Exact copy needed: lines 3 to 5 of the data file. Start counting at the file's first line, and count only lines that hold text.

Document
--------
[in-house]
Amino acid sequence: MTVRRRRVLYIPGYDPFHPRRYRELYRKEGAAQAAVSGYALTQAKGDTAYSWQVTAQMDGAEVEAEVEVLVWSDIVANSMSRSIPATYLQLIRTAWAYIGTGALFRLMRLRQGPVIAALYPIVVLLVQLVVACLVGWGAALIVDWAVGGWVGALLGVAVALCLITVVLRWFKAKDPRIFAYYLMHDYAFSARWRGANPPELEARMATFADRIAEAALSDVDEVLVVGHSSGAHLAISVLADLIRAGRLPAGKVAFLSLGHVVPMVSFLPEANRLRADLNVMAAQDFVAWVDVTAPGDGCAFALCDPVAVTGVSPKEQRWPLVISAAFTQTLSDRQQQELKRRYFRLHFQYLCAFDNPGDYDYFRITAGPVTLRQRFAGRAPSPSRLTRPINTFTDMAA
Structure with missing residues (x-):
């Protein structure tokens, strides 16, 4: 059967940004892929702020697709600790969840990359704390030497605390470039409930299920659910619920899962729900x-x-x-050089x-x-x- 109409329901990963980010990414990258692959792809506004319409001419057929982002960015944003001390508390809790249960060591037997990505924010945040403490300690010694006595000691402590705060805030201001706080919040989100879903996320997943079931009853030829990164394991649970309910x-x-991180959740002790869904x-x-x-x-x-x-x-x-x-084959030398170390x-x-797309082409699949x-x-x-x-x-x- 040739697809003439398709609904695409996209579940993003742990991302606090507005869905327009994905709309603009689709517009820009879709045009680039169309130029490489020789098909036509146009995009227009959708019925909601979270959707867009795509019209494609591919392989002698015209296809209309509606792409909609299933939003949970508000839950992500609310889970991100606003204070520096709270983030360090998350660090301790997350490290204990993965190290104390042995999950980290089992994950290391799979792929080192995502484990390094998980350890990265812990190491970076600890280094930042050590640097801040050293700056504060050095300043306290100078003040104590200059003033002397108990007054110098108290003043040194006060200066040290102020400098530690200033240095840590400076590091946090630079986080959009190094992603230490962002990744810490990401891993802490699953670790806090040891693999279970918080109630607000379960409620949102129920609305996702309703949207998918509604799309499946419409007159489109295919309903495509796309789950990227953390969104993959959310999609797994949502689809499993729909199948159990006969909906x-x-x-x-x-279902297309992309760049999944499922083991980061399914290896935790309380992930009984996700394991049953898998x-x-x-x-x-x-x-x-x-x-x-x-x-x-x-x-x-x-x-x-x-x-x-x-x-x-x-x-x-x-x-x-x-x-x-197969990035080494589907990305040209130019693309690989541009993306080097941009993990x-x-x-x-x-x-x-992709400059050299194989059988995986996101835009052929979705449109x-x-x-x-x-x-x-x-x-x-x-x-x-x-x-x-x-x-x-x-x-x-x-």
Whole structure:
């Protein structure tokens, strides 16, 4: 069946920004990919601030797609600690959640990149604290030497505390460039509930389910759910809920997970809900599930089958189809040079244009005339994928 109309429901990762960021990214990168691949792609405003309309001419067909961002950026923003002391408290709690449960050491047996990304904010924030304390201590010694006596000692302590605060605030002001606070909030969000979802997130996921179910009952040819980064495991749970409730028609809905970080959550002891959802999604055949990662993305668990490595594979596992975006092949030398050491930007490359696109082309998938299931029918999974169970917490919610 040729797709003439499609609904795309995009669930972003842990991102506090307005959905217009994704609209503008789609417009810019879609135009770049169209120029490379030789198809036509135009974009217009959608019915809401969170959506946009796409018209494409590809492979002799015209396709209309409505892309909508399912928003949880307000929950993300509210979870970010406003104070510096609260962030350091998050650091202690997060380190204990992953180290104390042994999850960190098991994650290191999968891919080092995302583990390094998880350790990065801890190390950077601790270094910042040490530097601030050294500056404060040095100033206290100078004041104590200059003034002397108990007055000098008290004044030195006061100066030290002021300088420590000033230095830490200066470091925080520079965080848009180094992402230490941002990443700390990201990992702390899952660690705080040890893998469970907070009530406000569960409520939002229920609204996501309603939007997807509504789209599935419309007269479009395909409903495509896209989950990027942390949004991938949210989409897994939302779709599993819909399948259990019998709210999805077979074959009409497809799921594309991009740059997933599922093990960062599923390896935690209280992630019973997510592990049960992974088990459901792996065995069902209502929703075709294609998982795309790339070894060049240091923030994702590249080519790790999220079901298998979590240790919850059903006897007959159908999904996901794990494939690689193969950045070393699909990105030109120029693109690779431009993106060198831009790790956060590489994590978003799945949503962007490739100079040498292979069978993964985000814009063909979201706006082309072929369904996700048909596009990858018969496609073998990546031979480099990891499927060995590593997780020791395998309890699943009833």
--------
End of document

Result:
Structure with missing residues (x-):
């Protein structure tokens, strides 16, 4: 059967940004892929702020697709600790969840990359704390030497605390470039409930299920659910619920899962729900x-x-x-050089x-x-x- 109409329901990963980010990414990258692959792809506004319409001419057929982002960015944003001390508390809790249960060591037997990505924010945040403490300690010694006595000691402590705060805030201001706080919040989100879903996320997943079931009853030829990164394991649970309910x-x-991180959740002790869904x-x-x-x-x-x-x-x-x-084959030398170390x-x-797309082409699949x-x-x-x-x-x- 040739697809003439398709609904695409996209579940993003742990991302606090507005869905327009994905709309603009689709517009820009879709045009680039169309130029490489020789098909036509146009995009227009959708019925909601979270959707867009795509019209494609591919392989002698015209296809209309509606792409909609299933939003949970508000839950992500609310889970991100606003204070520096709270983030360090998350660090301790997350490290204990993965190290104390042995999950980290089992994950290391799979792929080192995502484990390094998980350890990265812990190491970076600890280094930042050590640097801040050293700056504060050095300043306290100078003040104590200059003033002397108990007054110098108290003043040194006060200066040290102020400098530690200033240095840590400076590091946090630079986080959009190094992603230490962002990744810490990401891993802490699953670790806090040891693999279970918080109630607000379960409620949102129920609305996702309703949207998918509604799309499946419409007159489109295919309903495509796309789950990227953390969104993959959310999609797994949502689809499993729909199948159990006969909906x-x-x-x-x-279902297309992309760049999944499922083991980061399914290896935790309380992930009984996700394991049953898998x-x-x-x-x-x-x-x-x-x-x-x-x-x-x-x-x-x-x-x-x-x-x-x-x-x-x-x-x-x-x-x-x-x-x-197969990035080494589907990305040209130019693309690989541009993306080097941009993990x-x-x-x-x-x-x-992709400059050299194989059988995986996101835009052929979705449109x-x-x-x-x-x-x-x-x-x-x-x-x-x-x-x-x-x-x-x-x-x-x-």
Whole structure: